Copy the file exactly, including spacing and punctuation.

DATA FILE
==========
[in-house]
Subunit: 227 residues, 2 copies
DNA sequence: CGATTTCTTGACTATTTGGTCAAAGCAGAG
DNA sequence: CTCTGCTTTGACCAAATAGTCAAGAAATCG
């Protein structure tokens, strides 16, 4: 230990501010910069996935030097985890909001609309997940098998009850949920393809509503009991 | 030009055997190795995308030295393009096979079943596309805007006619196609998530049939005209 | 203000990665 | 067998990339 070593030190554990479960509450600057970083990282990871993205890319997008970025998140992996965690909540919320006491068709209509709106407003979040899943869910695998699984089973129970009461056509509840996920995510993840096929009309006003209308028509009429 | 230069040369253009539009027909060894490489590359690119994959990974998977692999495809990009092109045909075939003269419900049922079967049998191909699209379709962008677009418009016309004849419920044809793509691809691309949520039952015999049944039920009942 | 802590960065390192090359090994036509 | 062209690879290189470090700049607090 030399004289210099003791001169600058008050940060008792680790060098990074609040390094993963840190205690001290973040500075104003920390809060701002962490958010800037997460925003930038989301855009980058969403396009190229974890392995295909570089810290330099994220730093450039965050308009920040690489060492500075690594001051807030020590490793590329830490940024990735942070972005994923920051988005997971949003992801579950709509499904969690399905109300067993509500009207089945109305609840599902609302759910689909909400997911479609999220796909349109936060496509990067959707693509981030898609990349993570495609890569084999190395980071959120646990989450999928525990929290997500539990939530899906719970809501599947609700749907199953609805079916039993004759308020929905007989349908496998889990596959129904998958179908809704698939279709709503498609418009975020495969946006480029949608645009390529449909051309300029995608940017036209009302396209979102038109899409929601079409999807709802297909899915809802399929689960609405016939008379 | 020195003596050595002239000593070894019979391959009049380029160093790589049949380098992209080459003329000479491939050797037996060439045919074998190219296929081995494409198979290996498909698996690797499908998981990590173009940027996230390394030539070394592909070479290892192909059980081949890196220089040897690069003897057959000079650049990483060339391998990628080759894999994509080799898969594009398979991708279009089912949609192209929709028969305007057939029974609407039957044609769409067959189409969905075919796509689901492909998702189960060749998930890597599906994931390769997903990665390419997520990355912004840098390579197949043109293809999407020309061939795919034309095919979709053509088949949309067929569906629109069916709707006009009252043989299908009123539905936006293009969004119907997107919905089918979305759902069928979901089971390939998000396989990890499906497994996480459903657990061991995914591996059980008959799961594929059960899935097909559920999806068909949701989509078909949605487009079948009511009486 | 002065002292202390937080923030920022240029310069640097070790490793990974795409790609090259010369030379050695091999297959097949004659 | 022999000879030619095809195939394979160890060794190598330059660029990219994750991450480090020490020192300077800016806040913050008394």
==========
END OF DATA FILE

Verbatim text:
[in-house]
Subunit: 227 residues, 2 copies
DNA sequence: CGATTTCTTGACTATTTGGTCAAAGCAGAG
DNA sequence: CTCTGCTTTGACCAAATAGTCAAGAAATCG
């Protein structure tokens, strides 16, 4: 230990501010910069996935030097985890909001609309997940098998009850949920393809509503009991 | 030009055997190795995308030295393009096979079943596309805007006619196609998530049939005209 | 203000990665 | 067998990339 070593030190554990479960509450600057970083990282990871993205890319997008970025998140992996965690909540919320006491068709209509709106407003979040899943869910695998699984089973129970009461056509509840996920995510993840096929009309006003209308028509009429 | 230069040369253009539009027909060894490489590359690119994959990974998977692999495809990009092109045909075939003269419900049922079967049998191909699209379709962008677009418009016309004849419920044809793509691809691309949520039952015999049944039920009942 | 802590960065390192090359090994036509 | 062209690879290189470090700049607090 030399004289210099003791001169600058008050940060008792680790060098990074609040390094993963840190205690001290973040500075104003920390809060701002962490958010800037997460925003930038989301855009980058969403396009190229974890392995295909570089810290330099994220730093450039965050308009920040690489060492500075690594001051807030020590490793590329830490940024990735942070972005994923920051988005997971949003992801579950709509499904969690399905109300067993509500009207089945109305609840599902609302759910689909909400997911479609999220796909349109936060496509990067959707693509981030898609990349993570495609890569084999190395980071959120646990989450999928525990929290997500539990939530899906719970809501599947609700749907199953609805079916039993004759308020929905007989349908496998889990596959129904998958179908809704698939279709709503498609418009975020495969946006480029949608645009390529449909051309300029995608940017036209009302396209979102038109899409929601079409999807709802297909899915809802399929689960609405016939008379 | 020195003596050595002239000593070894019979391959009049380029160093790589049949380098992209080459003329000479491939050797037996060439045919074998190219296929081995494409198979290996498909698996690797499908998981990590173009940027996230390394030539070394592909070479290892192909059980081949890196220089040897690069003897057959000079650049990483060339391998990628080759894999994509080799898969594009398979991708279009089912949609192209929709028969305007057939029974609407039957044609769409067959189409969905075919796509689901492909998702189960060749998930890597599906994931390769997903990665390419997520990355912004840098390579197949043109293809999407020309061939795919034309095919979709053509088949949309067929569906629109069916709707006009009252043989299908009123539905936006293009969004119907997107919905089918979305759902069928979901089971390939998000396989990890499906497994996480459903657990061991995914591996059980008959799961594929059960899935097909559920999806068909949701989509078909949605487009079948009511009486 | 002065002292202390937080923030920022240029310069640097070790490793990974795409790609090259010369030379050695091999297959097949004659 | 022999000879030619095809195939394979160890060794190598330059660029990219994750991450480090020490020192300077800016806040913050008394």